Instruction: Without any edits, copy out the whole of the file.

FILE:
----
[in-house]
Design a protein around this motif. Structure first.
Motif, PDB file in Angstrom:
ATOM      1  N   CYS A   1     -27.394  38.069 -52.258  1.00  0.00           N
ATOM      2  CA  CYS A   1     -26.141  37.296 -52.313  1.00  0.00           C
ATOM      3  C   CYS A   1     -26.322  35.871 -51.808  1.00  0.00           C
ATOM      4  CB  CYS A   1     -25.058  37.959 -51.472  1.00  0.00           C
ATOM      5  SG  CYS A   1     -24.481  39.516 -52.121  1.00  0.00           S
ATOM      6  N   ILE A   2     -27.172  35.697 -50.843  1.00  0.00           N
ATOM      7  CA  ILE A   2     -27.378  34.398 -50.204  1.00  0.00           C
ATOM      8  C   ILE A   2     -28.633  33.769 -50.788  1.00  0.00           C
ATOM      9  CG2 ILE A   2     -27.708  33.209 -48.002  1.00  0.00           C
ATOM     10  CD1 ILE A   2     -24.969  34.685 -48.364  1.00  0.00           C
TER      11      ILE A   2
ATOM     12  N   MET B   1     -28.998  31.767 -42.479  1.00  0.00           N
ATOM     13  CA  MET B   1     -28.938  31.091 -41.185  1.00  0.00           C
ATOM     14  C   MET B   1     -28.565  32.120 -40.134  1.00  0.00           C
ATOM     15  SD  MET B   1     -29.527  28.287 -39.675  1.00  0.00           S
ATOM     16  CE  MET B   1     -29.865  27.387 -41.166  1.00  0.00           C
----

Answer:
[in-house]
Design a protein around this motif. Structure first.
Motif, PDB file in Angstrom:
ATOM      1  N   CYS A   1     -27.394  38.069 -52.258  1.00  0.00           N
ATOM      2  CA  CYS A   1     -26.141  37.296 -52.313  1.00  0.00           C
ATOM      3  C   CYS A   1     -26.322  35.871 -51.808  1.00  0.00           C
ATOM      4  CB  CYS A   1     -25.058  37.959 -51.472  1.00  0.00           C
ATOM      5  SG  CYS A   1     -24.481  39.516 -52.121  1.00  0.00           S
ATOM      6  N   ILE A   2     -27.172  35.697 -50.843  1.00  0.00           N
ATOM      7  CA  ILE A   2     -27.378  34.398 -50.204  1.00  0.00           C
ATOM      8  C   ILE A   2     -28.633  33.769 -50.788  1.00  0.00           C
ATOM      9  CG2 ILE A   2     -27.708  33.209 -48.002  1.00  0.00           C
ATOM     10  CD1 ILE A   2     -24.969  34.685 -48.364  1.00  0.00           C
TER      11      ILE A   2
ATOM     12  N   MET B   1     -28.998  31.767 -42.479  1.00  0.00           N
ATOM     13  CA  MET B   1     -28.938  31.091 -41.185  1.00  0.00           C
ATOM     14  C   MET B   1     -28.565  32.120 -40.134  1.00  0.00           C
ATOM     15  SD  MET B   1     -29.527  28.287 -39.675  1.00  0.00           S
ATOM     16  CE  MET B   1     -29.865  27.387 -41.166  1.00  0.00           C